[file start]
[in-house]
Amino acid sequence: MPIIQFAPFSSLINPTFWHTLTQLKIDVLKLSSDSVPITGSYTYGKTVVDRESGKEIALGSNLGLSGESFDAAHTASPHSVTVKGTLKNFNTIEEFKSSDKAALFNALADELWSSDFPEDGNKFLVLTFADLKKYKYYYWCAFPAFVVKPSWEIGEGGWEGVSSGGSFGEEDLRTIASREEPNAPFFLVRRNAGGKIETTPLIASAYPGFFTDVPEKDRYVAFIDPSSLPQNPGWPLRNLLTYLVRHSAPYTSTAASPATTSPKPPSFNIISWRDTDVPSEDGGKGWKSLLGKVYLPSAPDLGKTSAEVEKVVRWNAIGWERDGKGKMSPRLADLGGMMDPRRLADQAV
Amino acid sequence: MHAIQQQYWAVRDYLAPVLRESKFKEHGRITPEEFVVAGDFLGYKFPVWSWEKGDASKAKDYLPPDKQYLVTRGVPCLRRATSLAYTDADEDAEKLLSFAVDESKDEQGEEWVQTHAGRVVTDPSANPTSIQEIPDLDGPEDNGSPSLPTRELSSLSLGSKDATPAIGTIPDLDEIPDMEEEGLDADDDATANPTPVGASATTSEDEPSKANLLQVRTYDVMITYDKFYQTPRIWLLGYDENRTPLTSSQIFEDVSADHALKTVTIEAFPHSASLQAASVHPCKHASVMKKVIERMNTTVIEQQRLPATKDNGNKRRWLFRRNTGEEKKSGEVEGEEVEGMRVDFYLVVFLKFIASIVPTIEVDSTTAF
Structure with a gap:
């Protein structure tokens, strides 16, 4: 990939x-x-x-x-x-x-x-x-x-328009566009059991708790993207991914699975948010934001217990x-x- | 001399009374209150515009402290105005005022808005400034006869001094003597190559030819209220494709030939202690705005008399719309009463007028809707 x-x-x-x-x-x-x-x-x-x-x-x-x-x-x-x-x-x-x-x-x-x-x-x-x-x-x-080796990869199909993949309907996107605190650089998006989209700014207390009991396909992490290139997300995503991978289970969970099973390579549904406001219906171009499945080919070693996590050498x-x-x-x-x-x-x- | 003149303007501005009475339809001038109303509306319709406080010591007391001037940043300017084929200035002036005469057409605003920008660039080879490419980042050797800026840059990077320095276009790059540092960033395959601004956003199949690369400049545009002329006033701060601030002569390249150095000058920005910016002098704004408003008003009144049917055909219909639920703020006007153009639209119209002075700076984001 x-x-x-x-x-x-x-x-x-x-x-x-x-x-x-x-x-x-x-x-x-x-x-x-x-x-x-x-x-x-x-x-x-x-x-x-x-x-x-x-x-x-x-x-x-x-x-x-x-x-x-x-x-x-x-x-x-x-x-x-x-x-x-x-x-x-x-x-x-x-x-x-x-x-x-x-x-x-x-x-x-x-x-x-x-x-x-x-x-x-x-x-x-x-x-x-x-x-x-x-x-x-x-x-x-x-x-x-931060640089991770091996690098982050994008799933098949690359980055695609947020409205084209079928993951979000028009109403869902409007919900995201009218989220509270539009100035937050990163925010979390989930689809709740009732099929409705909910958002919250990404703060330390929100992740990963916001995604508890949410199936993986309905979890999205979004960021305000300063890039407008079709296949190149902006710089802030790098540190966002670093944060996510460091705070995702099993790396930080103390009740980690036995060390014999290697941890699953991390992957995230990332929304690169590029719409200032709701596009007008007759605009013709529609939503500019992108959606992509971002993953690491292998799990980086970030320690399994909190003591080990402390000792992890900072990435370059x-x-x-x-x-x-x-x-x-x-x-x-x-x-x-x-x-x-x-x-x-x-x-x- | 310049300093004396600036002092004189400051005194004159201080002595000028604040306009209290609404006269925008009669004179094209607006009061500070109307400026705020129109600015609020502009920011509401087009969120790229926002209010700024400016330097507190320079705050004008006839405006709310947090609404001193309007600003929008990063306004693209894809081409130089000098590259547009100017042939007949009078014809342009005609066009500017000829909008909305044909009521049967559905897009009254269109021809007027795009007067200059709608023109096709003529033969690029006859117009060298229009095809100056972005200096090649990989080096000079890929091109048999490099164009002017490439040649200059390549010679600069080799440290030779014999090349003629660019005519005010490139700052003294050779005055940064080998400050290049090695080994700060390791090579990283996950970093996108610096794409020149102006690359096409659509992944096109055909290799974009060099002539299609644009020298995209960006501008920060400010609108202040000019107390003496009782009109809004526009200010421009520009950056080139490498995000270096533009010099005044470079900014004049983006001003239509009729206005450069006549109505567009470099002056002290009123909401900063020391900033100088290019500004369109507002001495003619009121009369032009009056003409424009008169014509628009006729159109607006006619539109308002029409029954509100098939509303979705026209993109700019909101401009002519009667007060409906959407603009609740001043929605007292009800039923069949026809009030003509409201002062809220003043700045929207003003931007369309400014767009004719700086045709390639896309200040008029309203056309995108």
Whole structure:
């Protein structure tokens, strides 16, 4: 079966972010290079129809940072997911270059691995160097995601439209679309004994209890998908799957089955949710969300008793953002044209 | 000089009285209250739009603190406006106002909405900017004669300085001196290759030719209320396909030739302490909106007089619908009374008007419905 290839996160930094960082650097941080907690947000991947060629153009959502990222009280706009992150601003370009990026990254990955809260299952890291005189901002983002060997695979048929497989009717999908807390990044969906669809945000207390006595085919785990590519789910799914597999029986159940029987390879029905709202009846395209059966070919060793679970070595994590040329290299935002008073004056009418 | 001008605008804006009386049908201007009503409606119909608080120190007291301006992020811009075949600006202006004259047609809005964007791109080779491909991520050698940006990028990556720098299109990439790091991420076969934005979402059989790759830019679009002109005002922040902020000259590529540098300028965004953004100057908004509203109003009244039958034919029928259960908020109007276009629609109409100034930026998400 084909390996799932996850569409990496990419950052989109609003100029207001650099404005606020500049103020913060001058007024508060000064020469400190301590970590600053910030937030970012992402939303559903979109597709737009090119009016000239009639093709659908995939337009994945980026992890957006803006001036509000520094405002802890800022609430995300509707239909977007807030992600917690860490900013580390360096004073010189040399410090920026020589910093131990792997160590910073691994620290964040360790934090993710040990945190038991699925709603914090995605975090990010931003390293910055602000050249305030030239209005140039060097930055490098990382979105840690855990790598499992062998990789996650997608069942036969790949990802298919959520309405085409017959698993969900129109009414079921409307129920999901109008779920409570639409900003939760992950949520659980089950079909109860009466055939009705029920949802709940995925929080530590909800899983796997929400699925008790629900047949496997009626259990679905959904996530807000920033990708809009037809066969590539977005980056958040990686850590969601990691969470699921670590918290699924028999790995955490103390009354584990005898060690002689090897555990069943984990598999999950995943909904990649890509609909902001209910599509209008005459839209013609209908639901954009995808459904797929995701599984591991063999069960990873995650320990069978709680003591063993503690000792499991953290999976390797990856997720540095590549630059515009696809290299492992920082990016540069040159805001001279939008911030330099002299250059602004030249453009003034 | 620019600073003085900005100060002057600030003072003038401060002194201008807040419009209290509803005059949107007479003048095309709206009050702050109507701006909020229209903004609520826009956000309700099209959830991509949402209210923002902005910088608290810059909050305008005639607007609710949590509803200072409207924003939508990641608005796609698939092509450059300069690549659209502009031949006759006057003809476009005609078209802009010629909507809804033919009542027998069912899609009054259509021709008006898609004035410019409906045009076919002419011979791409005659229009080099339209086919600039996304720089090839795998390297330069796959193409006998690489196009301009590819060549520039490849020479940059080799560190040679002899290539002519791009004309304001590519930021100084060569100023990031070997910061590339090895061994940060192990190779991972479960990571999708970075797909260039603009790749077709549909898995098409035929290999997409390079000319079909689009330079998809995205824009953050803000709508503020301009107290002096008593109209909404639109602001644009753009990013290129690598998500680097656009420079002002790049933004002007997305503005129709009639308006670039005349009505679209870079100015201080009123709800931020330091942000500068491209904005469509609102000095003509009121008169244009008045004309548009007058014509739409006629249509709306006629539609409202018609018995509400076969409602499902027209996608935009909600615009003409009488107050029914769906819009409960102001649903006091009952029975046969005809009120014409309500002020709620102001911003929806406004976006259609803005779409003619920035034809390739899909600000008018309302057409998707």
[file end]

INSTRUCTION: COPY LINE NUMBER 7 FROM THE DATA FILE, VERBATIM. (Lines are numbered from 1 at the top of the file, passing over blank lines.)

């Protein structure tokens, strides 16, 4: 079966972010290079129809940072997911270059691995160097995601439209679309004994209890998908799957089955949710969300008793953002044209 | 000089009285209250739009603190406006106002909405900017004669300085001196290759030719209320396909030739302490909106007089619908009374008007419905 290839996160930094960082650097941080907690947000991947060629153009959502990222009280706009992150601003370009990026990254990955809260299952890291005189901002983002060997695979048929497989009717999908807390990044969906669809945000207390006595085919785990590519789910799914597999029986159940029987390879029905709202009846395209059966070919060793679970070595994590040329290299935002008073004056009418 | 001008605008804006009386049908201007009503409606119909608080120190007291301006992020811009075949600006202006004259047609809005964007791109080779491909991520050698940006990028990556720098299109990439790091991420076969934005979402059989790759830019679009002109005002922040902020000259590529540098300028965004953004100057908004509203109003009244039958034919029928259960908020109007276009629609109409100034930026998400 084909390996799932996850569409990496990419950052989109609003100029207001650099404005606020500049103020913060001058007024508060000064020469400190301590970590600053910030937030970012992402939303559903979109597709737009090119009016000239009639093709659908995939337009994945980026992890957006803006001036509000520094405002802890800022609430995300509707239909977007807030992600917690860490900013580390360096004073010189040399410090920026020589910093131990792997160590910073691994620290964040360790934090993710040990945190038991699925709603914090995605975090990010931003390293910055602000050249305030030239209005140039060097930055490098990382979105840690855990790598499992062998990789996650997608069942036969790949990802298919959520309405085409017959698993969900129109009414079921409307129920999901109008779920409570639409900003939760992950949520659980089950079909109860009466055939009705029920949802709940995925929080530590909800899983796997929400699925008790629900047949496997009626259990679905959904996530807000920033990708809009037809066969590539977005980056958040990686850590969601990691969470699921670590918290699924028999790995955490103390009354584990005898060690002689090897555990069943984990598999999950995943909904990649890509609909902001209910599509209008005459839209013609209908639901954009995808459904797929995701599984591991063999069960990873995650320990069978709680003591063993503690000792499991953290999976390797990856997720540095590549630059515009696809290299492992920082990016540069040159805001001279939008911030330099002299250059602004030249453009003034 | 620019600073003085900005100060002057600030003072003038401060002194201008807040419009209290509803005059949107007479003048095309709206009050702050109507701006909020229209903004609520826009956000309700099209959830991509949402209210923002902005910088608290810059909050305008005639607007609710949590509803200072409207924003939508990641608005796609698939092509450059300069690549659209502009031949006759006057003809476009005609078209802009010629909507809804033919009542027998069912899609009054259509021709008006898609004035410019409906045009076919002419011979791409005659229009080099339209086919600039996304720089090839795998390297330069796959193409006998690489196009301009590819060549520039490849020479940059080799560190040679002899290539002519791009004309304001590519930021100084060569100023990031070997910061590339090895061994940060192990190779991972479960990571999708970075797909260039603009790749077709549909898995098409035929290999997409390079000319079909689009330079998809995205824009953050803000709508503020301009107290002096008593109209909404639109602001644009753009990013290129690598998500680097656009420079002002790049933004002007997305503005129709009639308006670039005349009505679209870079100015201080009123709800931020330091942000500068491209904005469509609102000095003509009121008169244009008045004309548009007058014509739409006629249509709306006629539609409202018609018995509400076969409602499902027209996608935009909600615009003409009488107050029914769906819009409960102001649903006091009952029975046969005809009120014409309500002020709620102001911003929806406004976006259609803005779409003619920035034809390739899909600000008018309302057409998707």